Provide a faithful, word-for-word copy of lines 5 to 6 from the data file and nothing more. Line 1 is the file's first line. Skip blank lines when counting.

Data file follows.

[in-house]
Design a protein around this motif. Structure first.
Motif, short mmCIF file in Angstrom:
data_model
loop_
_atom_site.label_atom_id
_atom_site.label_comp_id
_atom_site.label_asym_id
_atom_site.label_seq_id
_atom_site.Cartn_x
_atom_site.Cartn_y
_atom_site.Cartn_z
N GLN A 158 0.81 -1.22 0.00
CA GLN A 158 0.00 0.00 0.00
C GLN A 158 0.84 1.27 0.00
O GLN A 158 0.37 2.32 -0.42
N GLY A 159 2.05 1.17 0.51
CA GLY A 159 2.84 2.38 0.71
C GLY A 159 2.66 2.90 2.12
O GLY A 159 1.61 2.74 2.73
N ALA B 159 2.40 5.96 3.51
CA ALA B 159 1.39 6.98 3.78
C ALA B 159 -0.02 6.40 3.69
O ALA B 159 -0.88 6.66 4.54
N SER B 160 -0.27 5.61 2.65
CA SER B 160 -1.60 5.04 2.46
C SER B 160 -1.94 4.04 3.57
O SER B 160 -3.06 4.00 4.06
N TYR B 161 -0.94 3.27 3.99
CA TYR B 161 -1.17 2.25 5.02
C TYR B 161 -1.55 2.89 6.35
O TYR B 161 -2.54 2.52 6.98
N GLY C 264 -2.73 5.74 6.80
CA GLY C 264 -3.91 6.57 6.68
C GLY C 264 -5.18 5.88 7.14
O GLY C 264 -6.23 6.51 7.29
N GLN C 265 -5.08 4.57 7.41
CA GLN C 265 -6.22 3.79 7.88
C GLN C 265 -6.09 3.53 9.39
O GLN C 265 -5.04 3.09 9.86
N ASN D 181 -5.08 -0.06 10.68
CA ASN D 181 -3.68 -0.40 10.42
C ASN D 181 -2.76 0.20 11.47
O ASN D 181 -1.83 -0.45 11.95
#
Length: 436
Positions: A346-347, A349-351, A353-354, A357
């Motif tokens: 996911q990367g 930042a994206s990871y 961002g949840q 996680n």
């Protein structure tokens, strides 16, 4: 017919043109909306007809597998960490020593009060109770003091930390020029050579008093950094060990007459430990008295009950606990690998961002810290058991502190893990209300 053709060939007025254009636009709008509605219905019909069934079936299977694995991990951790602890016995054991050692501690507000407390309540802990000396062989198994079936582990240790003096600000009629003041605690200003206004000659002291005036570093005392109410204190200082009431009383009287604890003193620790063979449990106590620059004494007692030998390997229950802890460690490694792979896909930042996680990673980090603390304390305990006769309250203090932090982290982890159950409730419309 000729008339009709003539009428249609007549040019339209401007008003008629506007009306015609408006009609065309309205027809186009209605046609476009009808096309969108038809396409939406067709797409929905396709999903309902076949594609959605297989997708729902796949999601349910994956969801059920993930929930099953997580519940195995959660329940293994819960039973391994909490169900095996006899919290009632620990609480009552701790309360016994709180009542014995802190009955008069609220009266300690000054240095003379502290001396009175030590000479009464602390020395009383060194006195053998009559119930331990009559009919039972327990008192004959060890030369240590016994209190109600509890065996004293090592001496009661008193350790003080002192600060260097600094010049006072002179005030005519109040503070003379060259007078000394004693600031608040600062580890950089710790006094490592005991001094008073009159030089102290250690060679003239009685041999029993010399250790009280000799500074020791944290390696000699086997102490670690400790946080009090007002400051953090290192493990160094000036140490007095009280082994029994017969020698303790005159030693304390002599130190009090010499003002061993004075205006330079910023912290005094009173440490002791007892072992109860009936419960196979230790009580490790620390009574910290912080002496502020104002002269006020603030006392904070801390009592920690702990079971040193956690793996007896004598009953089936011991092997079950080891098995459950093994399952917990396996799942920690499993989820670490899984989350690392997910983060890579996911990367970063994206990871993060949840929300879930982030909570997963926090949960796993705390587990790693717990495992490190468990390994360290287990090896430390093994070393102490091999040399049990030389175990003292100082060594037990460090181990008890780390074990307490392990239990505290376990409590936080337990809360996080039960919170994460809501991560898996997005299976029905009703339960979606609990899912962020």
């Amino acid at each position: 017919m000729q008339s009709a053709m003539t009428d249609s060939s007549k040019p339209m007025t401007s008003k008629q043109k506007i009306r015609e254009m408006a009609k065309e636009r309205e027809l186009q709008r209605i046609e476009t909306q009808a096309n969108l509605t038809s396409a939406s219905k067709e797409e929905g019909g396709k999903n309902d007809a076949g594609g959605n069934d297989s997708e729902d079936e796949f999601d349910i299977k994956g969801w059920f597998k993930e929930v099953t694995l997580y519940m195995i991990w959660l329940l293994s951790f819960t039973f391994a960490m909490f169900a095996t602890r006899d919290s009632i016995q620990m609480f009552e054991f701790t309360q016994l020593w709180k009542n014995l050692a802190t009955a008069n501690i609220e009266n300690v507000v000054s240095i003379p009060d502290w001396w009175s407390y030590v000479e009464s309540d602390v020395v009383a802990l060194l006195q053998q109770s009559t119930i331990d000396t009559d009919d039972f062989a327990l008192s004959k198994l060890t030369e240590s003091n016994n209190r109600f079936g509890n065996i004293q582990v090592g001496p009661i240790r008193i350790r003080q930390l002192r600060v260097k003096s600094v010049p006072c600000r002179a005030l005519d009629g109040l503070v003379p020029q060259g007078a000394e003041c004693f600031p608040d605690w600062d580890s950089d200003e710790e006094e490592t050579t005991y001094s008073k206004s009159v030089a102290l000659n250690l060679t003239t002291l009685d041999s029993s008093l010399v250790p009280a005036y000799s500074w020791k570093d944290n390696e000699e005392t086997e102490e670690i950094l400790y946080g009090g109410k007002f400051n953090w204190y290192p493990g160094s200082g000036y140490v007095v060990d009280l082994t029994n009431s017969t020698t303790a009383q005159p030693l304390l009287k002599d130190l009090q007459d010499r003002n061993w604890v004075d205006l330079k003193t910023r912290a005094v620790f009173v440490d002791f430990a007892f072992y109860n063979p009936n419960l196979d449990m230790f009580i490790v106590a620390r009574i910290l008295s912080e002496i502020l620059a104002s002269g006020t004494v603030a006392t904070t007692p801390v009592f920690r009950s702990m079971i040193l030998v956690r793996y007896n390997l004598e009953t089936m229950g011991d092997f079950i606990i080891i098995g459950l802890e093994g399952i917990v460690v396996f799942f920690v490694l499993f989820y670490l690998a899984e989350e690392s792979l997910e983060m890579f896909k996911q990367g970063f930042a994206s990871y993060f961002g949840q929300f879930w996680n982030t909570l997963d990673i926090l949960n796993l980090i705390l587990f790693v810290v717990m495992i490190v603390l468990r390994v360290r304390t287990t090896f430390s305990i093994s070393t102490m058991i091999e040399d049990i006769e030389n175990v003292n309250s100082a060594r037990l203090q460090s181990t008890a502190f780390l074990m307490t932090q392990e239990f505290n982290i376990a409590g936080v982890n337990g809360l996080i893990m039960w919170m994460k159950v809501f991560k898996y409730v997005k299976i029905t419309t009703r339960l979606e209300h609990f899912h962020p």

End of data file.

loop_
_atom_site.label_atom_id